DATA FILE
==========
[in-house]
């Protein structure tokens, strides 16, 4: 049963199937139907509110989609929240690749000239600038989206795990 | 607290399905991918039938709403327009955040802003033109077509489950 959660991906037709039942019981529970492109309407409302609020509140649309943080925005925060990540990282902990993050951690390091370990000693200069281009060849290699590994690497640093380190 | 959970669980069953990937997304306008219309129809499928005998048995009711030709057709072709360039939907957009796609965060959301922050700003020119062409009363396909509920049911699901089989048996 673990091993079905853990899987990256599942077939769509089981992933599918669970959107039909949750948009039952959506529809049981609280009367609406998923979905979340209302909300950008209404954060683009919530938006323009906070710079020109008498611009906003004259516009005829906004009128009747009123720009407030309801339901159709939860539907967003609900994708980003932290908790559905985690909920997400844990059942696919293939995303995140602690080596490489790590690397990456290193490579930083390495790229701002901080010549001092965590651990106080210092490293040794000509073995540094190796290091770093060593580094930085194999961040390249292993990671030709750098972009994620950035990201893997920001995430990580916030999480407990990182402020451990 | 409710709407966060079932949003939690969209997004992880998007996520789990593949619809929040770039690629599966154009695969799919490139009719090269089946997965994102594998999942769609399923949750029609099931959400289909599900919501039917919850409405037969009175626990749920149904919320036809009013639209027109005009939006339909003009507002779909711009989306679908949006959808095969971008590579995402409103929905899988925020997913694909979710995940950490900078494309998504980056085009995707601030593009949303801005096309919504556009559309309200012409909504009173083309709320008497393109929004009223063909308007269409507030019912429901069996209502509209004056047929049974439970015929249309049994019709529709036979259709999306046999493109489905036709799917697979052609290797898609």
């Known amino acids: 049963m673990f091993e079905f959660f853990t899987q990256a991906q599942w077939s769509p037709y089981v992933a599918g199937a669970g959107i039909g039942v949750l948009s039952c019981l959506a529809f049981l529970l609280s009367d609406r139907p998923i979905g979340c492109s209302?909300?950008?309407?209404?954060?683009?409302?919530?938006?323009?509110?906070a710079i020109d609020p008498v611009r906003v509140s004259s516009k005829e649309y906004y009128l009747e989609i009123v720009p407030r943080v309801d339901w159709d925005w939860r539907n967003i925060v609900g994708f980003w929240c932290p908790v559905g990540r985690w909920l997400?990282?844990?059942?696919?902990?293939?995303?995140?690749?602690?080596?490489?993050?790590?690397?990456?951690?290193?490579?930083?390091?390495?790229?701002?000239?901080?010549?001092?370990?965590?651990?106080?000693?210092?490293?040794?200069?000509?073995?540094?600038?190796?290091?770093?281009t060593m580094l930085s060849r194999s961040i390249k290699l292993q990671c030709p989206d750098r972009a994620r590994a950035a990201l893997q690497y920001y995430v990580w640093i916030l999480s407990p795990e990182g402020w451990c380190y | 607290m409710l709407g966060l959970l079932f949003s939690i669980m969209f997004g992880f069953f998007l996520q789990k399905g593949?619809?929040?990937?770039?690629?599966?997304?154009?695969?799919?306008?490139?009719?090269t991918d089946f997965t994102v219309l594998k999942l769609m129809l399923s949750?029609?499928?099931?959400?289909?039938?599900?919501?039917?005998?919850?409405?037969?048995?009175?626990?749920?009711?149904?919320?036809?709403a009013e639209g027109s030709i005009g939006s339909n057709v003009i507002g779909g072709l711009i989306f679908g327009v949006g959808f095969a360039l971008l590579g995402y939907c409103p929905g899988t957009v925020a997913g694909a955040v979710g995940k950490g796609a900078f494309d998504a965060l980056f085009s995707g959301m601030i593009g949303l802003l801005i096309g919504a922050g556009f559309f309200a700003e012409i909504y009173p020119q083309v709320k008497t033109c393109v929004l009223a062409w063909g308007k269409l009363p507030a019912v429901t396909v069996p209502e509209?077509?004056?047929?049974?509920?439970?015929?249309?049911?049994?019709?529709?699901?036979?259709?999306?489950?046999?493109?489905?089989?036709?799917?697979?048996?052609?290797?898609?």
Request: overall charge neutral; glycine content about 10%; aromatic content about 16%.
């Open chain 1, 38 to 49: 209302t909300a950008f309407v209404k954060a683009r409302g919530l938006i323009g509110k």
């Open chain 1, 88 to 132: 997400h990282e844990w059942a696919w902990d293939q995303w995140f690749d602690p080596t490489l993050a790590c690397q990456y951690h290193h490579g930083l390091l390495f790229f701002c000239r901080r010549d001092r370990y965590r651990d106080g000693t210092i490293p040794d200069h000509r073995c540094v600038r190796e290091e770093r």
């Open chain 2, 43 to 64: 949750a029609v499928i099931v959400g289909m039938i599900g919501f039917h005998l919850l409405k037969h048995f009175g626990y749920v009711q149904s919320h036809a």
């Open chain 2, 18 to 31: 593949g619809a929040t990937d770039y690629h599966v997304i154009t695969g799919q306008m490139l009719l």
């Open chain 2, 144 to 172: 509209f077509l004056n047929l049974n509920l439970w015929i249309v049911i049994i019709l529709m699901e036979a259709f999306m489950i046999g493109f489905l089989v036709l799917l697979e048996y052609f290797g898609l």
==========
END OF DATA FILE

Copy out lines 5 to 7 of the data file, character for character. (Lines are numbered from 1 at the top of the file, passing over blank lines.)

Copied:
């Open chain 1, 38 to 49: 209302t909300a950008f309407v209404k954060a683009r409302g919530l938006i323009g509110k």
């Open chain 1, 88 to 132: 997400h990282e844990w059942a696919w902990d293939q995303w995140f690749d602690p080596t490489l993050a790590c690397q990456y951690h290193h490579g930083l390091l390495f790229f701002c000239r901080r010549d001092r370990y965590r651990d106080g000693t210092i490293p040794d200069h000509r073995c540094v600038r190796e290091e770093r």
């Open chain 2, 43 to 64: 949750a029609v499928i099931v959400g289909m039938i599900g919501f039917h005998l919850l409405k037969h048995f009175g626990y749920v009711q149904s919320h036809a």